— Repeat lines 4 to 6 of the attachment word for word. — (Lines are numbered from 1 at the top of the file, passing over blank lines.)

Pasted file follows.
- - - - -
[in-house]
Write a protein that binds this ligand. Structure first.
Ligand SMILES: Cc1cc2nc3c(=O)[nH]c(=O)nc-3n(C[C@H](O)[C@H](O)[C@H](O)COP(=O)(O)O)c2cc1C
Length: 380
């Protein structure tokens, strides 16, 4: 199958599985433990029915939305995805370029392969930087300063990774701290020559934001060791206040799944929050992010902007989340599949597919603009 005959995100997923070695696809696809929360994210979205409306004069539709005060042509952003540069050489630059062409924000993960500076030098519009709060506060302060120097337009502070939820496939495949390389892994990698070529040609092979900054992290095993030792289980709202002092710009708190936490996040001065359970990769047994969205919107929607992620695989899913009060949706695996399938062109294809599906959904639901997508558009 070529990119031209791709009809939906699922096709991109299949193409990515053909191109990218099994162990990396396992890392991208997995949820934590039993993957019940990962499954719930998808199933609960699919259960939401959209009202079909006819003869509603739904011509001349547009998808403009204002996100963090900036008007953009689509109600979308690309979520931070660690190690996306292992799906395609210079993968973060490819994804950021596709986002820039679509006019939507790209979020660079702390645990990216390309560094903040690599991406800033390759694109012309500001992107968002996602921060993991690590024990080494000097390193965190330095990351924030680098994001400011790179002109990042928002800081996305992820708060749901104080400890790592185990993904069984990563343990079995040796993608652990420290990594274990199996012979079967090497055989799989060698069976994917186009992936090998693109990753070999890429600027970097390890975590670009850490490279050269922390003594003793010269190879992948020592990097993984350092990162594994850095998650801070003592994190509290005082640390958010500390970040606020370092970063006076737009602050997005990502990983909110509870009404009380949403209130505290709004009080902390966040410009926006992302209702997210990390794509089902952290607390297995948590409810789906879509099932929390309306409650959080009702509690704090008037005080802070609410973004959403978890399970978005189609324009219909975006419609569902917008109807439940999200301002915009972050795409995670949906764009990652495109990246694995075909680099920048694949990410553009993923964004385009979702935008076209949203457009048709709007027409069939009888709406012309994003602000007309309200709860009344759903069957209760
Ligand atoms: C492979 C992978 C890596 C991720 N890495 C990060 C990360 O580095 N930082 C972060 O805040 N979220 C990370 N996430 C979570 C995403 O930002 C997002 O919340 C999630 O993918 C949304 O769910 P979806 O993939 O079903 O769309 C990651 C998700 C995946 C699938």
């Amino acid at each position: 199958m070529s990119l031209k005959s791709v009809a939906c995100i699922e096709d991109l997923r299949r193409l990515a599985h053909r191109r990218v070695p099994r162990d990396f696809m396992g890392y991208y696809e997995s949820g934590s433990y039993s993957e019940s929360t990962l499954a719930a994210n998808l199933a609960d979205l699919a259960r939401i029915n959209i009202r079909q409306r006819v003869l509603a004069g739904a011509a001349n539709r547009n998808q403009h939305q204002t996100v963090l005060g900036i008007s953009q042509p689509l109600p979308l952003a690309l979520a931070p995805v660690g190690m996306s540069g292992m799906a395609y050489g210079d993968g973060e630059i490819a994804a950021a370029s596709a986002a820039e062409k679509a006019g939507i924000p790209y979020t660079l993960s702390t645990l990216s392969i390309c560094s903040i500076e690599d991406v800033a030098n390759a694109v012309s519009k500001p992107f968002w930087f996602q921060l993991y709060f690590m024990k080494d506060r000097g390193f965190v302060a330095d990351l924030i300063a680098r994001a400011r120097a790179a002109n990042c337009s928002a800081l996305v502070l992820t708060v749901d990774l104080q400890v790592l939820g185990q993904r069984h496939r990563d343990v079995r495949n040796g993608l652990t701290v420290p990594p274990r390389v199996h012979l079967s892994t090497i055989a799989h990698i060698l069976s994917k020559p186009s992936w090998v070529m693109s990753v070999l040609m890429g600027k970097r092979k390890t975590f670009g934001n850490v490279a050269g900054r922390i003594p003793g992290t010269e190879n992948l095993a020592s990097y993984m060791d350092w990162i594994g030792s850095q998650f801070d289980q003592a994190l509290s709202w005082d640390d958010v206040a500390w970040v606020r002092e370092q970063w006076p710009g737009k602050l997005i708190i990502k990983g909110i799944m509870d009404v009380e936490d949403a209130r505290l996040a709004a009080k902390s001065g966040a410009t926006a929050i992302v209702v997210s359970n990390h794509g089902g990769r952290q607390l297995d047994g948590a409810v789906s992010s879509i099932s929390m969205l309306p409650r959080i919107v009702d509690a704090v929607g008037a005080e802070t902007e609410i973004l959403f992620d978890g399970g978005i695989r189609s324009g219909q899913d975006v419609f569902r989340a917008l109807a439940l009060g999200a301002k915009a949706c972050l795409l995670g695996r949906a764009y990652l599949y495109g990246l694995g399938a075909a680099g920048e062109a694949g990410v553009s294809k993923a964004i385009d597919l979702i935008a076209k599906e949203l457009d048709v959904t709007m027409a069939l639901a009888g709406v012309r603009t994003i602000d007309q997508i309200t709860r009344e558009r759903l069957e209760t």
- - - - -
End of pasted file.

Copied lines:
Length: 380
């Protein structure tokens, strides 16, 4: 199958599985433990029915939305995805370029392969930087300063990774701290020559934001060791206040799944929050992010902007989340599949597919603009 005959995100997923070695696809696809929360994210979205409306004069539709005060042509952003540069050489630059062409924000993960500076030098519009709060506060302060120097337009502070939820496939495949390389892994990698070529040609092979900054992290095993030792289980709202002092710009708190936490996040001065359970990769047994969205919107929607992620695989899913009060949706695996399938062109294809599906959904639901997508558009 070529990119031209791709009809939906699922096709991109299949193409990515053909191109990218099994162990990396396992890392991208997995949820934590039993993957019940990962499954719930998808199933609960699919259960939401959209009202079909006819003869509603739904011509001349547009998808403009204002996100963090900036008007953009689509109600979308690309979520931070660690190690996306292992799906395609210079993968973060490819994804950021596709986002820039679509006019939507790209979020660079702390645990990216390309560094903040690599991406800033390759694109012309500001992107968002996602921060993991690590024990080494000097390193965190330095990351924030680098994001400011790179002109990042928002800081996305992820708060749901104080400890790592185990993904069984990563343990079995040796993608652990420290990594274990199996012979079967090497055989799989060698069976994917186009992936090998693109990753070999890429600027970097390890975590670009850490490279050269922390003594003793010269190879992948020592990097993984350092990162594994850095998650801070003592994190509290005082640390958010500390970040606020370092970063006076737009602050997005990502990983909110509870009404009380949403209130505290709004009080902390966040410009926006992302209702997210990390794509089902952290607390297995948590409810789906879509099932929390309306409650959080009702509690704090008037005080802070609410973004959403978890399970978005189609324009219909975006419609569902917008109807439940999200301002915009972050795409995670949906764009990652495109990246694995075909680099920048694949990410553009993923964004385009979702935008076209949203457009048709709007027409069939009888709406012309994003602000007309309200709860009344759903069957209760
Ligand atoms: C492979 C992978 C890596 C991720 N890495 C990060 C990360 O580095 N930082 C972060 O805040 N979220 C990370 N996430 C979570 C995403 O930002 C997002 O919340 C999630 O993918 C949304 O769910 P979806 O993939 O079903 O769309 C990651 C998700 C995946 C699938």